Both review boards would review citizen complaints against police, issue recommendations for how the department can improve, offer input on trainings and focus on community engagement.
One of the biggest differences is the number of members on the board and how they would be appointed.
In the citizen-led ballot initiative, the board would consist of nine members – three people appointed by the mayor and six by city council. It's suggested that the members come from diverse backgrounds, such as working in the fields pertaining to mental health, criminal justice and law enforcement.
Mayor Dan Horrigan proposed an 11-member review board – 6 appointed by the mayor and 5 by city council, Horrigan said in a committee meeting.
His proposal requires some members to have backgrounds in criminal justice, racial equity and law enforcement. Members are recommended to participate in the police department’s citizens academy and complete 40 hours of “ride-alongs” with officers.
Another key difference is that the mayor’s proposal creates a new department, the Inspector General’s Office, which would review laws and procedures of the police department and other city employees.
The charter amendment outlines an Office of Independent Police Auditor, which would review policing practices. Akron currently has a police auditor, Phillip Young. The amendment does not specify whether the current police auditor would fill the new position, which would be created.
The police auditor does not currently have much power to affect change, Freedom BLOC executive director Ray Greene said at an August news conference.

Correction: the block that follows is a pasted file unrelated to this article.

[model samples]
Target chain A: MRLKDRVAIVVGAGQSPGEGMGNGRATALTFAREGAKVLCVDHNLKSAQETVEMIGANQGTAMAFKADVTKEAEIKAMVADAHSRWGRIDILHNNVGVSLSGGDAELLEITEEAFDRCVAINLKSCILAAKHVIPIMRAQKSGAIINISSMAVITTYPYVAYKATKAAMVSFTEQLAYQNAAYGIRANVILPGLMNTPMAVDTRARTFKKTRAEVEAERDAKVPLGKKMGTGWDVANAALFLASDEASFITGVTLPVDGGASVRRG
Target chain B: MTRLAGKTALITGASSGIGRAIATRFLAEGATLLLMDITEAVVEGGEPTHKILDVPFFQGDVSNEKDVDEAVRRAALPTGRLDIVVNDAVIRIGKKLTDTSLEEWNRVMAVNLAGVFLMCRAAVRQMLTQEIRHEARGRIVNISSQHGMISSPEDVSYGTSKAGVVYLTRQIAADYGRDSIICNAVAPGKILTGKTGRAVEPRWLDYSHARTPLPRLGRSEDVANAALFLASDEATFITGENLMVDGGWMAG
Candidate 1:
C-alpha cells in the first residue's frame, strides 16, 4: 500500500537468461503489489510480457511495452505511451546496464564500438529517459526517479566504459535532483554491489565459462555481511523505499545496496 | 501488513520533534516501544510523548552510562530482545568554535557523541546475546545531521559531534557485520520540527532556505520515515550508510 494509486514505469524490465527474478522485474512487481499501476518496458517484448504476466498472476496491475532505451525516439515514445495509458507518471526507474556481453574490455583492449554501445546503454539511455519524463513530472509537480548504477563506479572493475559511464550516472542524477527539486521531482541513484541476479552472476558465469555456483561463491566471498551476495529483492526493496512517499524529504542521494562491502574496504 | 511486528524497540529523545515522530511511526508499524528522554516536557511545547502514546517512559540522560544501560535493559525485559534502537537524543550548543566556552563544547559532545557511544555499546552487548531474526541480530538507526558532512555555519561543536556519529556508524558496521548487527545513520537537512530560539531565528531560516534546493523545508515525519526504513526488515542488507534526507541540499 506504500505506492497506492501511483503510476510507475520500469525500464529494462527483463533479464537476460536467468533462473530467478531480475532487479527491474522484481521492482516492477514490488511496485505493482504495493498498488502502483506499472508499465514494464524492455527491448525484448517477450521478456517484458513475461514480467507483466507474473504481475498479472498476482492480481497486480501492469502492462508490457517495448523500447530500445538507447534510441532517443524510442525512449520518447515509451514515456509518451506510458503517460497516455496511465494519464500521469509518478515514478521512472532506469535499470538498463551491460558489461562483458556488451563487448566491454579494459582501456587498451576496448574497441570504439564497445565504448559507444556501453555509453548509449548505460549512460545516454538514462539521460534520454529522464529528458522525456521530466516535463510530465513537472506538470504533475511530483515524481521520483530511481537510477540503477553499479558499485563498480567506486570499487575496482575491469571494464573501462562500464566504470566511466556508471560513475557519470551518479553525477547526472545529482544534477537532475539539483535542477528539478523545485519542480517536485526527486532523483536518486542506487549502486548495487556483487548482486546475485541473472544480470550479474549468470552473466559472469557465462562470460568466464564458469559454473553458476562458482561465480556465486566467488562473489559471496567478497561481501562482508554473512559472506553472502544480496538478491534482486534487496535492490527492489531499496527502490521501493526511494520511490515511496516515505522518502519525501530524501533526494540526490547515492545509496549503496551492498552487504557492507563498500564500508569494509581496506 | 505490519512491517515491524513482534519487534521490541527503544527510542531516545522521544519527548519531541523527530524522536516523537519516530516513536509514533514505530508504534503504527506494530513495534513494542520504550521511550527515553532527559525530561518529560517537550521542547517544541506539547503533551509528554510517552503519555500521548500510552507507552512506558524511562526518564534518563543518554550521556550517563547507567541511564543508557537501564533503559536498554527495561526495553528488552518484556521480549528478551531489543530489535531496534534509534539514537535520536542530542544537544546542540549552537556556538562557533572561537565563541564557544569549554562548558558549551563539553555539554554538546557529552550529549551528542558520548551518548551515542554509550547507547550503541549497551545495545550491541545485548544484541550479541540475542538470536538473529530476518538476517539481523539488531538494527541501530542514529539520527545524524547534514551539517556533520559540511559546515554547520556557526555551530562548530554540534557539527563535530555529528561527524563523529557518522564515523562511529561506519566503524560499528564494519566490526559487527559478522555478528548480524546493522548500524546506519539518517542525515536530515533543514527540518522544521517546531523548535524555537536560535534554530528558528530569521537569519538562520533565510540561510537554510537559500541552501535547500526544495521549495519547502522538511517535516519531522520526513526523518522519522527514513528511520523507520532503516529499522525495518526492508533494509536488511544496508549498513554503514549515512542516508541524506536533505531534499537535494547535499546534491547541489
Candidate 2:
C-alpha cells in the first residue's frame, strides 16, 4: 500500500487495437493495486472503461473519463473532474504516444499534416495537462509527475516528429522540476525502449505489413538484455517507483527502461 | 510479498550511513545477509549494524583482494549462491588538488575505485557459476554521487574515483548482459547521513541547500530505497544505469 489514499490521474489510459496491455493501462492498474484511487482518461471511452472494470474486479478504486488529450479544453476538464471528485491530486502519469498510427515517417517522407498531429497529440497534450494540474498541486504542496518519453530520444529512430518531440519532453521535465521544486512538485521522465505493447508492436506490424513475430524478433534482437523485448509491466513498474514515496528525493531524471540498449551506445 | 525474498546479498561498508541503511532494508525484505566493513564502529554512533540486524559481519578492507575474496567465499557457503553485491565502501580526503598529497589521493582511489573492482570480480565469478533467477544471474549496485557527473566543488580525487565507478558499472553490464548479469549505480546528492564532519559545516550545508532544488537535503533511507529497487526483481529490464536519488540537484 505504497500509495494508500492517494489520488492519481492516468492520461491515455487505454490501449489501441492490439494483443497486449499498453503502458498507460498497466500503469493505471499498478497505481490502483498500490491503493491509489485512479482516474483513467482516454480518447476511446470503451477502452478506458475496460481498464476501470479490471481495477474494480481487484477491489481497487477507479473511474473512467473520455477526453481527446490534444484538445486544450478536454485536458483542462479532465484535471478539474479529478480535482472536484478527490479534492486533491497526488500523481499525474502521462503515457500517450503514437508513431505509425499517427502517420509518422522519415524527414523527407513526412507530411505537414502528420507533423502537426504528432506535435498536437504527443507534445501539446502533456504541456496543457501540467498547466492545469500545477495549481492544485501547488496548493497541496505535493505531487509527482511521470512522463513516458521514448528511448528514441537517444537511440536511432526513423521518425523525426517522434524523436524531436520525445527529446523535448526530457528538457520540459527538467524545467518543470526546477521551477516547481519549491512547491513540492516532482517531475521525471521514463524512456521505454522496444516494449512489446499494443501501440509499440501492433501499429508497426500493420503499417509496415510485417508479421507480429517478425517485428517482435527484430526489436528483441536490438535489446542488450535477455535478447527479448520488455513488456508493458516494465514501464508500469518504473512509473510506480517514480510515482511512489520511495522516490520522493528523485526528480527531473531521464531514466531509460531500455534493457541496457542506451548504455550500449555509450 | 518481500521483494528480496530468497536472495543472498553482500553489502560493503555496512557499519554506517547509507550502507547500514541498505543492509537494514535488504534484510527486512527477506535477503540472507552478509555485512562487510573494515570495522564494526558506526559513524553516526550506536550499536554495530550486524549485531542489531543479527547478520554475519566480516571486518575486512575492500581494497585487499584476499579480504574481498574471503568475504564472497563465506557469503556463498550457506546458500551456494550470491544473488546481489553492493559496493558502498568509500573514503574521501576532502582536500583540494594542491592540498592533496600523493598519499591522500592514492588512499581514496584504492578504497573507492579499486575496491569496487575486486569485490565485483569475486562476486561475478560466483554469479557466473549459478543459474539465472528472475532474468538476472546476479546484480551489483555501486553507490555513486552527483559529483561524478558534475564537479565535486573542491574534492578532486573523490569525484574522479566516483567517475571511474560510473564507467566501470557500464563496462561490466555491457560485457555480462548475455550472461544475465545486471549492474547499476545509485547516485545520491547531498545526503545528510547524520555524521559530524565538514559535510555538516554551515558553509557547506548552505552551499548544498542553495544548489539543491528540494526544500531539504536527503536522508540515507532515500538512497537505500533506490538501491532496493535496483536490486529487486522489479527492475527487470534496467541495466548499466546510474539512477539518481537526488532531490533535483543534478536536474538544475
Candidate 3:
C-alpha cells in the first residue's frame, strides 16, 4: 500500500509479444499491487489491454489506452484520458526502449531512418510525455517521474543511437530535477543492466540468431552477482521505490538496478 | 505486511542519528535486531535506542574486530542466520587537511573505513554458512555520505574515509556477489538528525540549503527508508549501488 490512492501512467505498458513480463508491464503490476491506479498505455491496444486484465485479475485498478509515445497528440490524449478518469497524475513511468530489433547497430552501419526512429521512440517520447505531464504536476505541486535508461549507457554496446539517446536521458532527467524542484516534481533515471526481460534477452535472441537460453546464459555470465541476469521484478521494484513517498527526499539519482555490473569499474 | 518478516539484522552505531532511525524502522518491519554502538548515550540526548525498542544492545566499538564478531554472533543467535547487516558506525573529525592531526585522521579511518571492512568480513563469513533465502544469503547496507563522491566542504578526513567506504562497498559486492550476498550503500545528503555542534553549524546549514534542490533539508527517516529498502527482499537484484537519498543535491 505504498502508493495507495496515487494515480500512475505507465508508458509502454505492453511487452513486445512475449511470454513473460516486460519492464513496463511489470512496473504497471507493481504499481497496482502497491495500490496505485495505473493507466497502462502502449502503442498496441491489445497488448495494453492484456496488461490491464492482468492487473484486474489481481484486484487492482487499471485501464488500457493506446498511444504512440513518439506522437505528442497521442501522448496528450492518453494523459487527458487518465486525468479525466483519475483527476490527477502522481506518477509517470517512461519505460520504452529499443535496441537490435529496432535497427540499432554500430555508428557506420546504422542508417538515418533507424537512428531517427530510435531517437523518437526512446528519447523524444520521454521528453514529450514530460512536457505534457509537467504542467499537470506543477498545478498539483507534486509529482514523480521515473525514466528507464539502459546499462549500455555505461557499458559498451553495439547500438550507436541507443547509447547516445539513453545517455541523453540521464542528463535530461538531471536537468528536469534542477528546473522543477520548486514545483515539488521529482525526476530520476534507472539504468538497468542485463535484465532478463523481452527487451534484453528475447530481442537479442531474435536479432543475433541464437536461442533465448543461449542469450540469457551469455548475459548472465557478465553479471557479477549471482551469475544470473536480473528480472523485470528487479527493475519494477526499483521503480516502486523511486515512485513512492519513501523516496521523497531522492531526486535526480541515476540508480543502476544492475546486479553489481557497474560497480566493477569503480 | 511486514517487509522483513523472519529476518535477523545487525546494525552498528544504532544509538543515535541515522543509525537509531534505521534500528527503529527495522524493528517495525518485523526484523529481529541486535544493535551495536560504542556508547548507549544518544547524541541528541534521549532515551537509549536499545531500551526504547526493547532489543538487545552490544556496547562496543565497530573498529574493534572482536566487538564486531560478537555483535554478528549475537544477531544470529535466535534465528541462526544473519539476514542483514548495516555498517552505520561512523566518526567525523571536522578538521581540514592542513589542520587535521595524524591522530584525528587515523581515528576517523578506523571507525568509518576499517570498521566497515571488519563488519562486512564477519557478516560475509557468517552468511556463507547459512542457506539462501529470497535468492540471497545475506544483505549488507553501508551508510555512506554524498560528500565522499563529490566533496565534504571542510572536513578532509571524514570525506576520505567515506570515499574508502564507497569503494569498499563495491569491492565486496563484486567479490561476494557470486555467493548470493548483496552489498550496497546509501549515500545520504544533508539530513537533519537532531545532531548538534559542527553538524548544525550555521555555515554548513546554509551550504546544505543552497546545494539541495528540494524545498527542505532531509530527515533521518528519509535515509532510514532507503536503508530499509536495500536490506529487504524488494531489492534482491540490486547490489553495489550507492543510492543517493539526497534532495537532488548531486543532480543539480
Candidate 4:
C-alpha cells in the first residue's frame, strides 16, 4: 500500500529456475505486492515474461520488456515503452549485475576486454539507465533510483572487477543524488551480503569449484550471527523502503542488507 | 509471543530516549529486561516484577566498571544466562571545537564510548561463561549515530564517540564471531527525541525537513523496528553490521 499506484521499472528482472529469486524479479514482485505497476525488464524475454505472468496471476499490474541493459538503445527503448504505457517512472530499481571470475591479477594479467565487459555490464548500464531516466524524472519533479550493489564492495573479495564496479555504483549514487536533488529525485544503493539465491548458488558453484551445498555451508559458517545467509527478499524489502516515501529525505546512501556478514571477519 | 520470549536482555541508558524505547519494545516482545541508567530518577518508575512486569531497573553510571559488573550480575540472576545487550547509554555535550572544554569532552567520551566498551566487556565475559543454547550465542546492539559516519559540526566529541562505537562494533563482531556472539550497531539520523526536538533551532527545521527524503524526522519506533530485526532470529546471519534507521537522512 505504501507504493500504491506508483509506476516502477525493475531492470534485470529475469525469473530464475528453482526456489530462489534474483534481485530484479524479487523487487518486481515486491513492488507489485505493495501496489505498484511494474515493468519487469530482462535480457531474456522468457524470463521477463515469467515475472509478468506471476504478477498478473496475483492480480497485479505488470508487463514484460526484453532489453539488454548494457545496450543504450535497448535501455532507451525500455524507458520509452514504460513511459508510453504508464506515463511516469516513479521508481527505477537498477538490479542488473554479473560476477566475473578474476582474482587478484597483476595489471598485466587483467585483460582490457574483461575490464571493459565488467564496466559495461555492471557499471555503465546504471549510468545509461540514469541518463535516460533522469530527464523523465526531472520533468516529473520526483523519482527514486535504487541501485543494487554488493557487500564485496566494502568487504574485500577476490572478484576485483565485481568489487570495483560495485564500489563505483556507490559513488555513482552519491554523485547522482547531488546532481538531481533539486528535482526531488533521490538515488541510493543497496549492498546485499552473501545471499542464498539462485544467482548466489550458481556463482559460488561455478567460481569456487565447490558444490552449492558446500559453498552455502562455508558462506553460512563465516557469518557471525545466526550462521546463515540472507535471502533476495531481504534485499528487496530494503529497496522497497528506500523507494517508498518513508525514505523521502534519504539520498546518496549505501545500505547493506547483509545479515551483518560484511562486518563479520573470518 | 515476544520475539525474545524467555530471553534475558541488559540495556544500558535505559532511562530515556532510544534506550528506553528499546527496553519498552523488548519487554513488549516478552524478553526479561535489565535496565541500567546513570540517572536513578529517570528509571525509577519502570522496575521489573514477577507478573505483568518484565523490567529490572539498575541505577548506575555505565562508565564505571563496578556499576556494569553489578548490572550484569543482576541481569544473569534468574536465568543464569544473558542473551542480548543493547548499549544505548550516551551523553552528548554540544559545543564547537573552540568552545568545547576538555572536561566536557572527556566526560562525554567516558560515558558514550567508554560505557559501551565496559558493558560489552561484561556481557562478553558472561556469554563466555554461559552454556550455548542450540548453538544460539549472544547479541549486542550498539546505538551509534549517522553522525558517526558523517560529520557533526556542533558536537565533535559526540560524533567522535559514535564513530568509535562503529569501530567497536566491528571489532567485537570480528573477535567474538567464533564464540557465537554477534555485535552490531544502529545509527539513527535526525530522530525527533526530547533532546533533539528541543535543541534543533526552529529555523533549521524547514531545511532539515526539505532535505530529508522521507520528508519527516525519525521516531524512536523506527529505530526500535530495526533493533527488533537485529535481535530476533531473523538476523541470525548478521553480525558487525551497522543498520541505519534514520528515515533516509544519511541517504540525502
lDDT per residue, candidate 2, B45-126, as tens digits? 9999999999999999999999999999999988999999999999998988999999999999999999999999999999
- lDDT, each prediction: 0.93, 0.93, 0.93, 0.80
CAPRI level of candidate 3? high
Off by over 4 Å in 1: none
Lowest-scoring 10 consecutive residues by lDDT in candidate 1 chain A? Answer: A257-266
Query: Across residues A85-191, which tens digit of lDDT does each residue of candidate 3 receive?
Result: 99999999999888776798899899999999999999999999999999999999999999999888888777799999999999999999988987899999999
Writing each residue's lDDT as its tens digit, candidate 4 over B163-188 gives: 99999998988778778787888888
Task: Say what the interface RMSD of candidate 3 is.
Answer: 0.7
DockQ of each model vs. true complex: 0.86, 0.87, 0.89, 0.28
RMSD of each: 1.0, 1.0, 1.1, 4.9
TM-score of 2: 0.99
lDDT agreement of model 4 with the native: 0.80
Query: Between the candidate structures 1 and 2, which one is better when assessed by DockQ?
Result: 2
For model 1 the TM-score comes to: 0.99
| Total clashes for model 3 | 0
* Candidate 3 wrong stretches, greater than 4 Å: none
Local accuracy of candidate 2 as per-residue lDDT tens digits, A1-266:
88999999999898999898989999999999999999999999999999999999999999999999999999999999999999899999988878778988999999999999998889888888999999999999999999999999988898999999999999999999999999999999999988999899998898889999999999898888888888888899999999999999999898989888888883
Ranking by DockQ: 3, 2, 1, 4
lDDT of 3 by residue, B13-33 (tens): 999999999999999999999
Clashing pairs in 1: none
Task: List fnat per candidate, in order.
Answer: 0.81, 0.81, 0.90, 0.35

“The role has no access to records, and all complaints he receives must be turned over to the police department for investigation. The current police auditor is currently excluded from investigating any officer involved misconduct,” Greene said.
Both review boards would be required to issue reports on their actions and recommendations regularly.
What happens if both pass?
City council and community members alike have expressed confusion and concern that there are two proposals circulating that are very similar, but have key differences.
City council passed the ordinance Monday, Sept. 26 and applications to be on the review board opened shortly thereafter.
If the charter amendment passes in the fall, though, the review board would have to be amended to fit the charter amendment. That means any conflicting provisions – such as the number of people on the board – would have to be changed.
The city’s law department has also brought concerns that the police union could challenge the charter amendment in court if it passes in November, which could keep the review board locked in litigation for some time.
Council President Margo Sommerville said she supports the mayor’s ordinance, especially in the event that the charter amendment would fail or not hold up in court.
“(It’s) another vehicle that can still get us to the place in which we need to be – a place in which, maybe we can get there a little bit faster, in case we do have some issues, legally, that we might not be able to navigate,” Sommerville said.